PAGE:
Music Classic Bollywood songs were presented with a dramatic millennial twist at a recent concert

The buzz from the amp seems unintentional now, but it recalls the band’s first album, Sinema, which opens the same way. This evening at Counterculture might run wayward, with a dramatic burlesque on the one hand and ambient psychedelia on the other, haunting samples dividing attention. It, however, will always, somehow creep right back into a sewer-romance fraught with doom and a band of gypsies fighting it out with song. “Thank you for coming. This is Peter Cat Recording Company. Thank you for coming. Thank you.”

They heighten a sense of drama with cued sounds, synths and cavernous guitars overlapping each other, until a waltzing ballad about a two-timing lover takes over. Her duplicity spills into the song such that you can’t be sure whether to sympathize or rejoice. PCRC has been described ‘bittersweet,’ because what they share is not the inaccessible knowledge of ‘cool,’ as custom with many bands, but the stale, common reality that, at second glimpse, is always drenched in irony.

I could've warned you but I lied. She’s not yours but mine. My girl, she won't confess, but she'll be your lover and maybe your guest.

“There are so many people here. There are more interesting people in India just by virtue of the numbers and everyone’s holding something back,” says Suryakanth who fronts the band and writes their songs. Here she comes on ten white horses made of string and clay, the flowers in his fingers wilt away.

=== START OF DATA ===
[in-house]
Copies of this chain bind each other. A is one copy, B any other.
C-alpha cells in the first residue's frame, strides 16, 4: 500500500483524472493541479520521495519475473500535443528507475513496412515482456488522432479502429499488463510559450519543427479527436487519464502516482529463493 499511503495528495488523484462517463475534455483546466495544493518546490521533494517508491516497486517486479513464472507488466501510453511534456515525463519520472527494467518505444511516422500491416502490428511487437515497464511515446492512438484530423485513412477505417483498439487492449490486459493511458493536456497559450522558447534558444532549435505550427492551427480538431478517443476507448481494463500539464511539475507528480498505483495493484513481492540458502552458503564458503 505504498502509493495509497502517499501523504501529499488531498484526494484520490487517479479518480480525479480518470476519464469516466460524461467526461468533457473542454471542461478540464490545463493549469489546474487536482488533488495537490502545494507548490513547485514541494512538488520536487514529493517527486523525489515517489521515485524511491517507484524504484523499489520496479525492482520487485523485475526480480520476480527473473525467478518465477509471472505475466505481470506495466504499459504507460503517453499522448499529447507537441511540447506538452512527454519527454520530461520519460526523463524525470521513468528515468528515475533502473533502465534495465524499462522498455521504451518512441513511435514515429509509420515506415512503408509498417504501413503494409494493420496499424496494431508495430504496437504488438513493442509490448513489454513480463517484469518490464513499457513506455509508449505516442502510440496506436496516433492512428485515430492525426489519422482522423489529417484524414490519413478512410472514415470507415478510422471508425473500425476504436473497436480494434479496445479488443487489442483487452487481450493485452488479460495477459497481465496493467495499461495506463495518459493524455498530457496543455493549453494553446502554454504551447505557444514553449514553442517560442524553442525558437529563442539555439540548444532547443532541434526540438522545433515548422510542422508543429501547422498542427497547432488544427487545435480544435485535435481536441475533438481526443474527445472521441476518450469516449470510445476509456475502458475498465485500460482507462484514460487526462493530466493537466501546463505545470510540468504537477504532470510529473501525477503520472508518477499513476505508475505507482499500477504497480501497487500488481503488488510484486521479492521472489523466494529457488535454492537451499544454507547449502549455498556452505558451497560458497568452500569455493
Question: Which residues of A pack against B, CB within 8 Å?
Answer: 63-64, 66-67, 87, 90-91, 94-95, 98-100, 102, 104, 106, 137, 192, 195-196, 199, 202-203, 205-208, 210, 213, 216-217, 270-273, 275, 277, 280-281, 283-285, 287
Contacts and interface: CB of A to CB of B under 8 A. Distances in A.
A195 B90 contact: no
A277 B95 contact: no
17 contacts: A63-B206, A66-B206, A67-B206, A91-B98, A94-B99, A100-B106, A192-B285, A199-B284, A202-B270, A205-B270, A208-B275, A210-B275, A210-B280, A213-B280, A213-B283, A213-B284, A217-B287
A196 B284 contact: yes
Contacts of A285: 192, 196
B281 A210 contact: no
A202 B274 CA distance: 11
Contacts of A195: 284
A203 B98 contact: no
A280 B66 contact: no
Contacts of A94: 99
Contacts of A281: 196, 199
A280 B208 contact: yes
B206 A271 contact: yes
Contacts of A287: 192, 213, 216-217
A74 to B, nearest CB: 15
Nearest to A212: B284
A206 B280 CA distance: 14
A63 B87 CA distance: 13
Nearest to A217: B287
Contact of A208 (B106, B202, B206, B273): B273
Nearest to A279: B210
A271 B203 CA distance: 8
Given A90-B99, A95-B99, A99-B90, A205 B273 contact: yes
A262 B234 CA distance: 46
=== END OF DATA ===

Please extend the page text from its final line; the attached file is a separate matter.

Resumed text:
Though the crowd is mostly contemplative between tracks, it’s an approachable atmosphere that beckoned six girls and two guys to dance in front of stage, ahead of the dinner tables. The turn out is a little more than usual to see this band from Delhi.

Cause everyone is someone waiting for you.” The notes, looming like a dream in a life stricken by worse fate, can make you feel like that clown who’s crying in the rain, tumbling and dancing. “It’s basically old Hindi film music but for the fact that they never used a drum kit like we do now,” says Rohan, who has never stopped swaying in a trance when he’s playing the bass. When a bunch of these songs have twisted the soul too much, along comes the memory of some fantastical past that rings ripe for escape: “Happiness allows us to behave in ways you'd only hear about in whispers on your radio. …to live our lives meaningless.”

They’re always demanding a second look at life, but for the moment, the moaning slide guitar fulfils every cloud in the delusion. The idea to take back home tonight may be that celebration can mend wounds as music dissolves reality, just like at the cinemas. Some black-and-white Bollywood diva sings a classical strain for the cabaret with every push of the button. It’s ultimately tempting to let yourself fall for pain, even if just to acknowledge it.